U.S. Department of Labor Changes Rule for Tipped and Non Tipped Work
By John R. Hunt Attorney, Stokes Wagner Hunt Martez & Terrell, ALC | February 03, 2019
The U.S. Labor Department's Wage and Hour Division ("DOL") recently revoked its so-called "80/20 rule" for employees who receive tips. This "rule" had attempted to provide guidance about what happens where restaurant servers and other tipped employees work on tasks that don't directly generate tips, such as rolling silverware or wiping tables. The rule generally stated that where a tipped employee spent a "substantial amount of time (in excess of 20 percent) performing general preparation work or maintenance," the employer could not take a tip credit and needed to pay the employee the full minimum wage.
Unfortunately, the rule also resulted in an astounding amount of litigation against hotel and restaurant companies by employees who claimed they had spent over twenty percent of their time doing things besides waiting on customers. Although the DOL's new interpretation still poses some questions, it should stem at least some of the tide of wage and hour litigation in the hospitality industry.
To understand the significance of the change, some description of the rule's history is necessary. Hotel and restaurant employees were not originally covered by the Fair Labor Standards Act, the federal law that imposes minimum wage and overtime requirements. When hospitality employees finally came within the protection of the FLSA, Congress was concerned about how to treat those persons who received most of their income from tips. It eventually chose to allow employers to take a "tip credit" which permitted a hotel or restaurant to credit some, but not all, of the tips an employee had received during a workweek when determining whether the employee had been paid the minimum wage.
After a number of amendments to the law, Congress settled upon the current framework which in most states allows an employer to pay a cash wage of $2.13 per hour and take a credit of $5.12 in tips received by the employee toward meeting the present federal minimum wage of $7.25 per hour. This "tip credit," however, only can be used for those employees who work in an occupation in which they "customarily and regularly" receive tips, and receive over $30 per month in tips.
After the addition of the tip credit amendment to the FLSA, the DOL faced the question of what wage should be paid to an employee who works for the same employer in two different occupations, one of which traditionally receives tips and one which does not. For example, a hotel employee who splits his or her time between working as a restaurant server and a maintenance person. In consequence, the DOL issued a "dual jobs" regulation which stated that: "In some situations an employee is employed in a dual job, as for example, where a maintenance man in a hotel also serves as a waiter.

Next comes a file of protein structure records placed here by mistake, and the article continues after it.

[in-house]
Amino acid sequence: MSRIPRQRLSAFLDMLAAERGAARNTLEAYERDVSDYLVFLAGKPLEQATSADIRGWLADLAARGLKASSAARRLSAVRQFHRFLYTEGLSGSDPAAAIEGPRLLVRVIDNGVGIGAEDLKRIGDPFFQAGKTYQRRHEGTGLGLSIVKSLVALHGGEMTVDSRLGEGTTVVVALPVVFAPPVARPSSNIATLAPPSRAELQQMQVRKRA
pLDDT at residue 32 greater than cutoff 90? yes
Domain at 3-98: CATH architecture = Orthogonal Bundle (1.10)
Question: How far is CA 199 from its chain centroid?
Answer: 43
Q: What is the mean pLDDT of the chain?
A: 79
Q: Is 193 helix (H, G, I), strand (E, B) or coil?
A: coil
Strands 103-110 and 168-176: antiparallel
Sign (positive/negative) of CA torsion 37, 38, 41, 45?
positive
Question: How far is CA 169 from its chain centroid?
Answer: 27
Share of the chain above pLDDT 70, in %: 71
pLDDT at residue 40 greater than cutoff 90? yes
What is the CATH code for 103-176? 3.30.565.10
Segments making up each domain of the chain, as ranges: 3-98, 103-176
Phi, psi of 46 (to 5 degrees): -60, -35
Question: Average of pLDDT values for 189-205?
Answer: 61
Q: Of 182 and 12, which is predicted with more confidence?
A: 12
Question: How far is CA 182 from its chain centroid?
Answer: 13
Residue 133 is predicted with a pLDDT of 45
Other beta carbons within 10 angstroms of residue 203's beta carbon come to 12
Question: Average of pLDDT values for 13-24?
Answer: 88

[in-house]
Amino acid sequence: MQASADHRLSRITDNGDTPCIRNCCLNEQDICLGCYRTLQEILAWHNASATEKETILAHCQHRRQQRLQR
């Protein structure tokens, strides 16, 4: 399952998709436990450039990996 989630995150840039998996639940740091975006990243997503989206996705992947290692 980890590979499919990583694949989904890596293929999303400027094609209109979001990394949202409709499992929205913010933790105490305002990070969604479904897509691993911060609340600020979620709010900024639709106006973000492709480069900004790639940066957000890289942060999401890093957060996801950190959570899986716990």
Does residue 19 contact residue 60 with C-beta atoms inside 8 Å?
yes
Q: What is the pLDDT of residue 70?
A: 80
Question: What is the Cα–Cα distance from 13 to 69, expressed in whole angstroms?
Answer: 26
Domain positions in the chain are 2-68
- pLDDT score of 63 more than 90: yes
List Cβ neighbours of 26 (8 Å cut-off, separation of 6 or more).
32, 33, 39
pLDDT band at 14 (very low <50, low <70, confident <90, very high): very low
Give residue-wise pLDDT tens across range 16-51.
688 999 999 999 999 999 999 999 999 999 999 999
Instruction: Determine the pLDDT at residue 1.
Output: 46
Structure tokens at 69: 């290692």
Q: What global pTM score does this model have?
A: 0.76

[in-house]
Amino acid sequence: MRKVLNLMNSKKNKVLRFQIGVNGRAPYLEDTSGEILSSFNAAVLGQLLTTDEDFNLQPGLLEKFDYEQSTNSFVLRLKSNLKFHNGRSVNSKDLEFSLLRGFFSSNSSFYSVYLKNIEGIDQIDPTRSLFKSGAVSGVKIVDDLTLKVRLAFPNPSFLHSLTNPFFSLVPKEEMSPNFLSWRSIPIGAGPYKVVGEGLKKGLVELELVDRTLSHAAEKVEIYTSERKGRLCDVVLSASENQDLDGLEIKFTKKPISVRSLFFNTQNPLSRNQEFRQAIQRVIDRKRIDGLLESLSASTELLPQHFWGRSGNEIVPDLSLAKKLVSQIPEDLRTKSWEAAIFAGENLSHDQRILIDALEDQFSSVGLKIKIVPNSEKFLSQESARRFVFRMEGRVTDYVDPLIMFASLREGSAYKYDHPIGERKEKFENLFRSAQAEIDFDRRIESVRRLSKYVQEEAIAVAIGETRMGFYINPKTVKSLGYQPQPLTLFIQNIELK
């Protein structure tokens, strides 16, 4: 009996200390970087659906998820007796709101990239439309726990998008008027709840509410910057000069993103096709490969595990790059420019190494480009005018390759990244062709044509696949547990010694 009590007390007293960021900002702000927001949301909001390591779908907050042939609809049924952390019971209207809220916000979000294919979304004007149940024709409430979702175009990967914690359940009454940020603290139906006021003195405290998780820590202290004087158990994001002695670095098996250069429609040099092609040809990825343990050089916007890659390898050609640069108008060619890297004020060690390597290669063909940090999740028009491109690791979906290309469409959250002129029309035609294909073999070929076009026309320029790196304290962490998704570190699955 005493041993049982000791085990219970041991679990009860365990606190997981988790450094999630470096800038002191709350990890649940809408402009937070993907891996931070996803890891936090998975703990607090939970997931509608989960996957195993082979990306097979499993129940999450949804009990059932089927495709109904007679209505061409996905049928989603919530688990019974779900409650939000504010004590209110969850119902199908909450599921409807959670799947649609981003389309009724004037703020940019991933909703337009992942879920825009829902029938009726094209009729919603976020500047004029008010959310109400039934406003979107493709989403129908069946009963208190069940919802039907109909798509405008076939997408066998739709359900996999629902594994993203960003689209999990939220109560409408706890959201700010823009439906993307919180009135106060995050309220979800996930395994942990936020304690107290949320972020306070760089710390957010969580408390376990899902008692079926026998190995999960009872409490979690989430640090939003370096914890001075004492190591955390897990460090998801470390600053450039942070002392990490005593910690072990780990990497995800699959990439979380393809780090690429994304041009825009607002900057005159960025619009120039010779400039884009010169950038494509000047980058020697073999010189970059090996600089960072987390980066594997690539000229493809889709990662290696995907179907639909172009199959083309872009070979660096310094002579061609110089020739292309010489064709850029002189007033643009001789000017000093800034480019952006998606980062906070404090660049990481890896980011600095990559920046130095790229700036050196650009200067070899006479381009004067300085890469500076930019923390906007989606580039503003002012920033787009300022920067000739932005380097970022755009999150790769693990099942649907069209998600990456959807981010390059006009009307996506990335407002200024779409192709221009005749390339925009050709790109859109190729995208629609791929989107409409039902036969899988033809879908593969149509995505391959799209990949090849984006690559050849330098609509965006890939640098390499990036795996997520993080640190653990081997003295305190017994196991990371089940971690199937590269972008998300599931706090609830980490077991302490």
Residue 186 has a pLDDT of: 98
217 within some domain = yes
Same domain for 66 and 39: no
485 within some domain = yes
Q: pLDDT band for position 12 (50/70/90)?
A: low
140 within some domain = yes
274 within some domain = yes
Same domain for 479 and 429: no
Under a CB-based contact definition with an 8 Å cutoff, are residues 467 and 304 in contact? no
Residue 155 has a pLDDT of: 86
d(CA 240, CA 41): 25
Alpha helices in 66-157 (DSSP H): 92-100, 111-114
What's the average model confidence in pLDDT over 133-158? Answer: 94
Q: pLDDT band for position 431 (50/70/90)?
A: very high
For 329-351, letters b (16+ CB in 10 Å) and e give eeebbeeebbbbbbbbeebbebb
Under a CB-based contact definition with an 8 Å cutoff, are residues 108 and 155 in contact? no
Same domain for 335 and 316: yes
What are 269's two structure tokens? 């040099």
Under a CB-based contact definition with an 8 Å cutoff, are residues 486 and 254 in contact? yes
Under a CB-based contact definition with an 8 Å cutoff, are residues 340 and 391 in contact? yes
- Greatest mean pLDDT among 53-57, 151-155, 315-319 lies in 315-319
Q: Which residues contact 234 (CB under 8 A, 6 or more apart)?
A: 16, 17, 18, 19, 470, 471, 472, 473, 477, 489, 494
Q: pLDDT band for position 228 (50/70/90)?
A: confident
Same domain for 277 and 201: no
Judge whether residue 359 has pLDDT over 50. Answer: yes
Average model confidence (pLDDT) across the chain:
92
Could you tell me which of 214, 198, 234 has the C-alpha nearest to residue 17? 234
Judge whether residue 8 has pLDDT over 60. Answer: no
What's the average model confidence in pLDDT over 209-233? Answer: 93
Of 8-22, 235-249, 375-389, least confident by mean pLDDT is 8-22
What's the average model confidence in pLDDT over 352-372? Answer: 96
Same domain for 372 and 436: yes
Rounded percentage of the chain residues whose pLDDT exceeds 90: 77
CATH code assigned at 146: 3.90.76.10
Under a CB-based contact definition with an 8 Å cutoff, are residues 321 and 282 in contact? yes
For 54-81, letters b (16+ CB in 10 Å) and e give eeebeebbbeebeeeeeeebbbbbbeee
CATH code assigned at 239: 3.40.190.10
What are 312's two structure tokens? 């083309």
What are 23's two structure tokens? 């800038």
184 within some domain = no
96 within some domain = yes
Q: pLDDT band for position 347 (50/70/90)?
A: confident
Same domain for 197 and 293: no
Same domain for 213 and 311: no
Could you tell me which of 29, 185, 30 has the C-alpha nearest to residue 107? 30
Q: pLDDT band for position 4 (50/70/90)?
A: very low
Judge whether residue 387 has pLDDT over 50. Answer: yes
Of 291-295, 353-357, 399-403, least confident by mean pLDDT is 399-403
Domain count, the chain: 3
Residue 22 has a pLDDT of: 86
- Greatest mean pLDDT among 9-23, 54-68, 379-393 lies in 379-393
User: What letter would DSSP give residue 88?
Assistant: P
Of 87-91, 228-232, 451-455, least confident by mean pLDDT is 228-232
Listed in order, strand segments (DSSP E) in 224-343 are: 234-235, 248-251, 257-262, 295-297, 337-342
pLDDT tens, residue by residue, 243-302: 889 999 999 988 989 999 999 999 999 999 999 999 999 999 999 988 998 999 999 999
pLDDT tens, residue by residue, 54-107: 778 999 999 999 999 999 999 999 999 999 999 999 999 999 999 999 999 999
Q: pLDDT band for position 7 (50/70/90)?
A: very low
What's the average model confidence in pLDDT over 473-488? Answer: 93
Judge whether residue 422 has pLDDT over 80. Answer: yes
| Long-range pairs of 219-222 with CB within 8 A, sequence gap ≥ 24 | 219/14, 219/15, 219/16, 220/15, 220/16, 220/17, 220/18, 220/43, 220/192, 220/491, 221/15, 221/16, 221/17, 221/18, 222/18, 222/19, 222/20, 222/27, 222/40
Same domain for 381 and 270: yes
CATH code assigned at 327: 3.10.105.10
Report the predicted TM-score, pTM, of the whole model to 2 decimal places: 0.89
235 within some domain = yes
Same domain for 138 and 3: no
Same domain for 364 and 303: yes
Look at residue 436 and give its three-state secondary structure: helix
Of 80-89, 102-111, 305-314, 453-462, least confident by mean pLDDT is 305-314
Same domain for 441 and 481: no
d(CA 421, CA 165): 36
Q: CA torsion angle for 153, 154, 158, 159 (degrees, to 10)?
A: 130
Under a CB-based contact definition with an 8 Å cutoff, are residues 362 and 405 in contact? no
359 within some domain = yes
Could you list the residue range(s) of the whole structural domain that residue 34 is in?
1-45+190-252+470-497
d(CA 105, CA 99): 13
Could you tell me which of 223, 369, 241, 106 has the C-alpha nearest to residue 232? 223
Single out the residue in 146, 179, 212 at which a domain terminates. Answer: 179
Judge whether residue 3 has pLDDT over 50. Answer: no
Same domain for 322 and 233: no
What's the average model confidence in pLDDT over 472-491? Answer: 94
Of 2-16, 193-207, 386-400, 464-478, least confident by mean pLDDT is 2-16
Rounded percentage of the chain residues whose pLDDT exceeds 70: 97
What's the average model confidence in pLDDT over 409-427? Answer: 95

In such a situation the employee, if he customarily and regularly receives at least $30 a month in tips for his work as a waiter, is a tipped employee only with respect to his employment as a waiter. He is employed in two occupations, and no tip credit can be taken for his hours of employment in his occupation of maintenance man."
Nevertheless, the DOL also recognized that tipped employees do not spend 100% of their time interacting with customers. Accordingly, it distinguished an employee who works in two separate occupations from "a waitress who spends part of her time cleaning and setting tables, toasting bread, making coffee and occasionally washing dishes or glasses. It is likewise distinguishable from the counterman who also prepares his own short orders or who, as part of a group of countermen, takes a turn as a short order cook for the group. Such related duties in an occupation that is a tipped occupation need not by themselves be directed toward producing tips."
The DOL sought to refine this regulation further through the guidebook that it issues to its wage-and-hour investigators, the Field Operations Handbook. The Handbook stated that the regulation: "permits the employer to take a tip credit for time spent in duties related to the tipped occupation of an employee, even though such duties are not by themselves directed toward producing tips, provided such related duties are incidental to the regular duties of the tipped employees and are generally assigned to the tipped employee.
For example, duties related to the tipped occupation may include a server who does preparatory or closing activities, rolls silverware and fills salt and pepper shakers while the restaurant is open, cleans and sets tables, makes coffee, and occasionally washes dishes or glasses."
Nevertheless, the Handbook also set a quantitative limit on such work. It provided that: "where the facts indicate that tipped employees spend a substantial amount of time (i.e., in excess of 20 percent of the hours worked in the tipped occupation in the workweek) performing such related duties, no tip credit may be taken for the time spent in those duties. All related duties count toward the 20 percent tolerance."